Evolution is weird. It kinda goes all over the place, and it keeps ending up at the same place. It's called "convergent evolution," and it's everywhere. Like how sharks and dolphins look similar, even though they couldn't be more distantly related. Or how pandas have thumbs like ours, even though they're a completely different structure. But what am I beating around the bush for? The best example is also the most obvious: flight.
Animals have evolved the capability for real, powered flight four times: in insects, pterosaurs, birds, and bats. Four totally different types of animal, each one arriving at the same destination through completely different means. But who did it the best?
Insects were the first creatures to evolve flight, some 350-400 million years ago. But while insects have been flying for a long, long time, we still don't fully understand how the ability evolved. Unfortunately, insects are pretty small, and 400 million years is a long time, so no transitional fossils exist to show us evolution's baby steps.
The best guess is that four of an aquatic insect's external gills adapted to become functional wings. In the last 400 million years, insect flight has gone through a lot of changes. Today, some insects still have all four wings. Some only have their fore wings and some only have their hind wings, but flight has helped insects become the most successful animal group on Earth. But, to be fair, they got a bit of a head start. Flight didn't evolve again for over 100 million years—but the next animals to take to the skies at least managed to get a little bigger than insects.
Flight is a very, very useful evolutionary advantage. It's why birds, bats, and insects are absolutely everywhere. But flight doesn't make a species invincible—Pterosaurs are proof of that. Like insects before them, we don't actually know that much about how Pterosaur flight evolved; yet again, we just don't have the fossils. What we do know is that pterosaur flight was all about one thing: the pinky finger.
Pterosaurs didn't have gills to adapt into wings, but evolution often managed to find a way. In pterosaurs, the fourth finger on their hands grew extremely long to support their large wings. Now, I'm looking at my pinky right now. It doesn't seem like the best thing to base an entire wing on—but it worked out pretty well for pterosaurs.
Once they evolved flight, pterosaurs quickly became some of the most successful animals on Earth, one of the few large creatures of their era that could rival the dinosaurs. Some also grew to titanic sizes. The largest flying animals of all time are all pterosaurs, with some reaching the size of small airplanes. So while they might not still be around today, pterosaurs at least have that feather in their cap.
Dinosaurs just couldn't let Pterosaurs have one thing. Sure, dinos ruled the land and the sea, but at least the pterosaurs had the air, right? To that, some diminutive little carnivorous dinosaurs said, "Hold my beer." Though, as always, the exact mechanisms aren't exactly known, small theropods started growing feathers on their arms. Give it a few million years, and presto change-o, you've got birds!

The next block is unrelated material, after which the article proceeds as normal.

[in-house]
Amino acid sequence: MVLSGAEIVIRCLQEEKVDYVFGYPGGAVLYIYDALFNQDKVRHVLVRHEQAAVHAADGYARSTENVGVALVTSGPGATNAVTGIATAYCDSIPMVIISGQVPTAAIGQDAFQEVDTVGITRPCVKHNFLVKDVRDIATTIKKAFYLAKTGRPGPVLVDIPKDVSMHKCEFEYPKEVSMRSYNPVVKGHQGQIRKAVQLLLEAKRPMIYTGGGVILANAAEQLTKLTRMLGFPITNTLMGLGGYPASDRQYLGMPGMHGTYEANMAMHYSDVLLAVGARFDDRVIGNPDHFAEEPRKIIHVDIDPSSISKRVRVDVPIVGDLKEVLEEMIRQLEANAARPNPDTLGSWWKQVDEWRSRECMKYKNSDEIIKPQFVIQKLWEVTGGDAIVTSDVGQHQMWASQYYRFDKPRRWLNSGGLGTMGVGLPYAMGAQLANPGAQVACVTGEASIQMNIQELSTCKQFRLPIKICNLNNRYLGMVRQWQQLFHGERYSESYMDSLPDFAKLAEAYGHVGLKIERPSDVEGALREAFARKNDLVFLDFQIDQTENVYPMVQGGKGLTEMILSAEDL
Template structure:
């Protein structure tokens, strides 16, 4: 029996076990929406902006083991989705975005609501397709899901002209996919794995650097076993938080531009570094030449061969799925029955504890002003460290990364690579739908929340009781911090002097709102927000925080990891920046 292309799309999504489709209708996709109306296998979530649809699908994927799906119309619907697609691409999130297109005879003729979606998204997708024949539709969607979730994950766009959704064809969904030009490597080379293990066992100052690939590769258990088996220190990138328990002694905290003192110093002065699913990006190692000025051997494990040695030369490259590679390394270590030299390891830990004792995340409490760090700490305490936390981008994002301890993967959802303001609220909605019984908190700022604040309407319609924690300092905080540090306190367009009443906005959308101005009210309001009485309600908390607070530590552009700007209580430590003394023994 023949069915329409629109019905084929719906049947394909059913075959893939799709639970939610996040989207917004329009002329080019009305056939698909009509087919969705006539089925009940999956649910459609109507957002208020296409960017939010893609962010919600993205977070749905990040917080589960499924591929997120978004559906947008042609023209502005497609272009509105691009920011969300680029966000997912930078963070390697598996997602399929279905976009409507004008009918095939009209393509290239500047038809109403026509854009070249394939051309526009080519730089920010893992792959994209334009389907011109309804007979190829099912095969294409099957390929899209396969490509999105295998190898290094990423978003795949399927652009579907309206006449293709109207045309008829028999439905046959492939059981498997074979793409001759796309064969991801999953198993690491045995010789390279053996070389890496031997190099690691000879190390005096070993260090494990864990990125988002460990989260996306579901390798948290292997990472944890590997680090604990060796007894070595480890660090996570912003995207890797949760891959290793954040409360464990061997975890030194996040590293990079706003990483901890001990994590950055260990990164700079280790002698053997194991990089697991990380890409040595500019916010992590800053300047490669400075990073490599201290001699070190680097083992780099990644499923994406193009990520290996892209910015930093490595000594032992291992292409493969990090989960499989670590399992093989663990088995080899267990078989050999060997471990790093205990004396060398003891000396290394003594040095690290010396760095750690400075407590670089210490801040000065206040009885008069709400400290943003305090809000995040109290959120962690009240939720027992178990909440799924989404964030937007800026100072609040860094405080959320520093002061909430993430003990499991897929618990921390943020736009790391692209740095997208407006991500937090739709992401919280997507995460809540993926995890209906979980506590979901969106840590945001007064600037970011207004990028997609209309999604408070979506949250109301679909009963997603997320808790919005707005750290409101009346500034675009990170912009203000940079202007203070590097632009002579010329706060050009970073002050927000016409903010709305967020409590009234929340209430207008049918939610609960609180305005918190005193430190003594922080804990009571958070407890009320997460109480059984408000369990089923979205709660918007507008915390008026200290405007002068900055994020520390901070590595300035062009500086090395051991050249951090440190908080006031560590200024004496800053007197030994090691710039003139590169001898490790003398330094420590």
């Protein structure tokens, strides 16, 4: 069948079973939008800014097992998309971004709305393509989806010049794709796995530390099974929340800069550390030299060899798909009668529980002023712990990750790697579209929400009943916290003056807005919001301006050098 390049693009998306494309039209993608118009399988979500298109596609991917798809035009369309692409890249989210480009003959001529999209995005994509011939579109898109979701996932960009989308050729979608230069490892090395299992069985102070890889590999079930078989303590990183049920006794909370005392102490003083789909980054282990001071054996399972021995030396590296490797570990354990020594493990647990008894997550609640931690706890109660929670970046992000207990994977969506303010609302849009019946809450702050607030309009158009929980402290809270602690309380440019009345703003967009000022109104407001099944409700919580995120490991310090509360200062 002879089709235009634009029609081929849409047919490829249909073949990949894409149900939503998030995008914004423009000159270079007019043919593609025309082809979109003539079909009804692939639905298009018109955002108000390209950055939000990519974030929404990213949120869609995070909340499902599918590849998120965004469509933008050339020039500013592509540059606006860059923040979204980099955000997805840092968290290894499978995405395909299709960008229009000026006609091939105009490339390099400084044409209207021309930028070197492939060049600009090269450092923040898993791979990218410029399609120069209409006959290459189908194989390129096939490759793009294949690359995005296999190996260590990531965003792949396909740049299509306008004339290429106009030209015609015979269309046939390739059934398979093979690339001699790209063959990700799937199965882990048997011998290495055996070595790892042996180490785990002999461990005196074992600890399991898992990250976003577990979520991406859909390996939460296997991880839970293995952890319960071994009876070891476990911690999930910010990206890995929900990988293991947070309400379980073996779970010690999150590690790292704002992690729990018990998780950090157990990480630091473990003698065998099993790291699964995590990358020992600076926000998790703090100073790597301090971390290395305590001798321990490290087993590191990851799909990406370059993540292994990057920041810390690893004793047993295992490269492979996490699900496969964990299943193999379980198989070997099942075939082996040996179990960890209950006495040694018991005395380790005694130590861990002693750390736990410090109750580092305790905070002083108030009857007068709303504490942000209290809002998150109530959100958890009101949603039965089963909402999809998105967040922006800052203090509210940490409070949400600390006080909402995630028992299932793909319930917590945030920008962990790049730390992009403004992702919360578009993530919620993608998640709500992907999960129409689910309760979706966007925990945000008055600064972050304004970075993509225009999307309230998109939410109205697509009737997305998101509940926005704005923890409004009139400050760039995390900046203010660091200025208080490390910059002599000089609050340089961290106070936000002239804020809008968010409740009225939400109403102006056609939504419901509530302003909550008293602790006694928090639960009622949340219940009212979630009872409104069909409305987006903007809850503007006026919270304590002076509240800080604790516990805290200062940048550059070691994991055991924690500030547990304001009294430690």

Birds have maybe the simplest flight mechanism of any animal. Insects (probably) use modified gills, pterosaurs had their strange, massive pinky fingers—birds just flap their arms like lunatics and hope for the best. OK, that's not QUITE fair, but I wasn't totally lying: A bird's wing is just its arm, with feathers making up the bulk of the wing's surface.
So why are there birds everywhere today, but I don't see anyone giving bread to pterosaurs in the park? Thankfully, for once, the answer is pretty simple. Pterosaurs got too big! By the time the meteor that killed the dinosaurs touched down on Earth, even small pterosaurs had up to a six-foot wingspan. In the apocalypse that followed, nearly every large animal on Earth died out. But there were lots of pesky little birds hanging around back then. They survived the cataclysm, and the rest is (pre)history.
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I'll be the first to admit that I don't give bats enough credit. Flight is a big deal! It's only evolved four times, and bats are one of those! But bats are the new kids on the block. Yet again, we can't say for sure when bats evolved flight, but the first bats appear in the fossil record 50 million years ago. I'm no mathematician, but that seems like a lot more recently than any of the others.
But while bats might not be the most impressive flyers in history, I'll give them one thing: They've got the coolest wings. While insect wings were gills, pterosaurs had pinkies, and birds use their arms, picture a bat wing-like a gigantic, outstretched hand. Their wings, supported by thin fingers, are far more flexible than bird wings. That makes them far more maneuverable but limits their size and ability to fly over long distances.
Give Flight A Try
So those are the four times flight has evolved. It's possible it's has happened other times and there's just no proof in the fossil record—but that's not particularly likely. Though each of these creatures evolved the ability for true, powered flight in their own way, it had the same result every time: They became extremely successful.
Insects are the most numerous creatures on Earth. Pterosaurs, birds, and bats all colonized nearly every habitat on Earth, and diversified into countless species, all thanks to their wings. When I was a kid, I looked forward to the day that people would evolve wings so we could join them in the sky. That seems less likely today than it did then, but hey! You never know!
Flight evolved four times already. Who says there can't be a fifth? All I've got to do is stretch out my pinkies...or make my hand 10 times the size...or grow feathers...or gills. I'll get working on that and tell you how I do.